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Framing the First Spanish Parity Government in the Press.

Nuria Fernández García
Guillem Rico
Universitat Pompeu Fabra
Open Panel

Abstract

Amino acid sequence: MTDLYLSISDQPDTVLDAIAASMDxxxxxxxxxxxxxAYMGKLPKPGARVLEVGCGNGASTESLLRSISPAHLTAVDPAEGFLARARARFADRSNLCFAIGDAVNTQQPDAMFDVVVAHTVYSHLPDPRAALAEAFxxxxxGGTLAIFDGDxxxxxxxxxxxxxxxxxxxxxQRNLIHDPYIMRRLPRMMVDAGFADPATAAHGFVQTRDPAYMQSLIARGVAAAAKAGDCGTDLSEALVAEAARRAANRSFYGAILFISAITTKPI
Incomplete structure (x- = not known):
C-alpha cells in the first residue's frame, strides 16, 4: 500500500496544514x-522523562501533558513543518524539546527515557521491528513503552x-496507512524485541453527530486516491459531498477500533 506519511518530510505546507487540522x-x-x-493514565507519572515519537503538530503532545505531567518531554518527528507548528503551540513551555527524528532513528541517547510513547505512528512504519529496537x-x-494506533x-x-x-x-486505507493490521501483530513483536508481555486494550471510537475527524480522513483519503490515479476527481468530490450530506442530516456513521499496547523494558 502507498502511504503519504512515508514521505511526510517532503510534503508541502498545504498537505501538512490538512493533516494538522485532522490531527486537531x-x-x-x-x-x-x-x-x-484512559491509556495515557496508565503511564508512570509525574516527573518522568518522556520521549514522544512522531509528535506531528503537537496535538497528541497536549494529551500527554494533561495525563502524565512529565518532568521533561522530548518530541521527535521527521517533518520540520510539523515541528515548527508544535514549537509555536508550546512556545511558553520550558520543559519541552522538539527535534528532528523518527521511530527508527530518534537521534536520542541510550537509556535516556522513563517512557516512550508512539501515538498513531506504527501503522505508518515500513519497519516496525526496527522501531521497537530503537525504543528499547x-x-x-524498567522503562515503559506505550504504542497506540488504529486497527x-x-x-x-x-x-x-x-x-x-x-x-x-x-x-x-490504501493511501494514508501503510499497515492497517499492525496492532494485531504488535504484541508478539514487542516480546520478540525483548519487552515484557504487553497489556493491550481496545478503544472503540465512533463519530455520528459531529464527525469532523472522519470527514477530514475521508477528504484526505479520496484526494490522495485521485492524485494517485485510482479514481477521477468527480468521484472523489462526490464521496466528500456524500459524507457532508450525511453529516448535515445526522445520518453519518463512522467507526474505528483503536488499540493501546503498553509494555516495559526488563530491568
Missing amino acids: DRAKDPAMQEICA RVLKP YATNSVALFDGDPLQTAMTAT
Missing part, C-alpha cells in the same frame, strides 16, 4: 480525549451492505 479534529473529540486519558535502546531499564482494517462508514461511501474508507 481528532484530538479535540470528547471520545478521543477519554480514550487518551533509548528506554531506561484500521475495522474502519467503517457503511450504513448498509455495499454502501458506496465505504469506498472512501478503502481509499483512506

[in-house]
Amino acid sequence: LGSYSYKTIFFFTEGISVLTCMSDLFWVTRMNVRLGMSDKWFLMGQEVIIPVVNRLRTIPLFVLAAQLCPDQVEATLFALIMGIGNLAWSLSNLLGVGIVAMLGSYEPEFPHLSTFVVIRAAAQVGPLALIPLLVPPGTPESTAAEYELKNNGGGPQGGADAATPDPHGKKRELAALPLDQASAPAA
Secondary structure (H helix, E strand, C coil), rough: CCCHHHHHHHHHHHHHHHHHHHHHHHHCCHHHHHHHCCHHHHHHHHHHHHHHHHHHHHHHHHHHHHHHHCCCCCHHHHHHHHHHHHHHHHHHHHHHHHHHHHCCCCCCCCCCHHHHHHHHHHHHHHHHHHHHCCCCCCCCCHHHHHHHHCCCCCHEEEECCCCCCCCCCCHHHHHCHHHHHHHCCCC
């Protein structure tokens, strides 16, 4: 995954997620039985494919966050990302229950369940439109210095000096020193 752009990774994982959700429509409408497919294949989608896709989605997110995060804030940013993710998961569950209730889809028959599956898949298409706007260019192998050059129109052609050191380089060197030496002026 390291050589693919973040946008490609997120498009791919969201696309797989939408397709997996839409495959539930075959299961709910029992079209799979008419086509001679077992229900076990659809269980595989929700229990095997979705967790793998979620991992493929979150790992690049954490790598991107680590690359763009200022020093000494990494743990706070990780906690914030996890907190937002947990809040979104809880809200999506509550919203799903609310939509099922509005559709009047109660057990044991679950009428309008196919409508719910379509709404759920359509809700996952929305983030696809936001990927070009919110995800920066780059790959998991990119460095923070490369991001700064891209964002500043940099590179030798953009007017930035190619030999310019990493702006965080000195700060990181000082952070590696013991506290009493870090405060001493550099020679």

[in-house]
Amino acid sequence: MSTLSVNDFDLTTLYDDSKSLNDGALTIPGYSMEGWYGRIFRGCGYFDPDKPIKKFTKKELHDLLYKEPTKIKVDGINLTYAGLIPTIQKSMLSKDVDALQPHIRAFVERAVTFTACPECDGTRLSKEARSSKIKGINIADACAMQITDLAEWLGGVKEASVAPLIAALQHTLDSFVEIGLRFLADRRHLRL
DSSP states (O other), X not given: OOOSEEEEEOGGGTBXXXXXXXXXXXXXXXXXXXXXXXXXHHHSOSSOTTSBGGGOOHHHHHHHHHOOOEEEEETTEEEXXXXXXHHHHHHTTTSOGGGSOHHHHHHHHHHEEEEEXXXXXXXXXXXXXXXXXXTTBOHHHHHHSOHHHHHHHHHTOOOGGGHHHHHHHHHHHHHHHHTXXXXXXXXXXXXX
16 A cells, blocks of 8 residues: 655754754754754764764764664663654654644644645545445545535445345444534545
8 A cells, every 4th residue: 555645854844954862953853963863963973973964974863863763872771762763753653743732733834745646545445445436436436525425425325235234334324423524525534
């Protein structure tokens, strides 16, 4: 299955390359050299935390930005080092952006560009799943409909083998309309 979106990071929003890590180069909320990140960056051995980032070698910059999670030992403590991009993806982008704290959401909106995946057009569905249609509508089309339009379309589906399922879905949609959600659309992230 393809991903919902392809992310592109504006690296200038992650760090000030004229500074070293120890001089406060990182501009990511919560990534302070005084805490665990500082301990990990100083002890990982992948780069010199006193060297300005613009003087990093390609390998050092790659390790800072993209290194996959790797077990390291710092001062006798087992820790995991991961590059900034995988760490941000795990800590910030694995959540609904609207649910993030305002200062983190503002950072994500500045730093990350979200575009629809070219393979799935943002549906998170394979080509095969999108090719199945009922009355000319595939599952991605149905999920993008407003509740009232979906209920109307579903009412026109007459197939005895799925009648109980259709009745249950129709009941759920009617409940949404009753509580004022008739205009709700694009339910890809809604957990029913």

Studies examining newspaper coverage of elections have found female candidates to be disadvantaged as compared with their male counterparts, as women tend to attract lower overall attention and to receive less substantive coverage than men. Comparative research on the media treatment of male and female heads of government has reached similar results. Yet little systematic analysis has been devoted to the coverage of female members of government cabinets. This paper explores the media treatment of cabinet members in Spain. Women politicians have become increasingly visible in Spanish public life and in the media. In 2004 a gender-balanced cabinet was formed for the first time, and recently women have been appointed to cabinet positions in areas that had traditionally been restricted to men, such as Defense and Economy. Based on a sample of news articles from the four main Spanish newspapers that cover the right – left ideological spectrum, I examine the media treatment of the first government of Socialist José Luis Rodríguez Zapatero (2004-2008), the first Spanish cabinet with the same number of women and men. The analysis compares the coverage of male and female members in quantitative and qualitative terms, focusing on 1) the visibility and prominence of each cabinet member; 2) mentions of their personal traits policy positions, appearance, and private life; and 3) the general tone and style of the report. The study presents new evidence on the differential treatment of women politicians by the media in the context of everyday politics beyond campaigns and elections.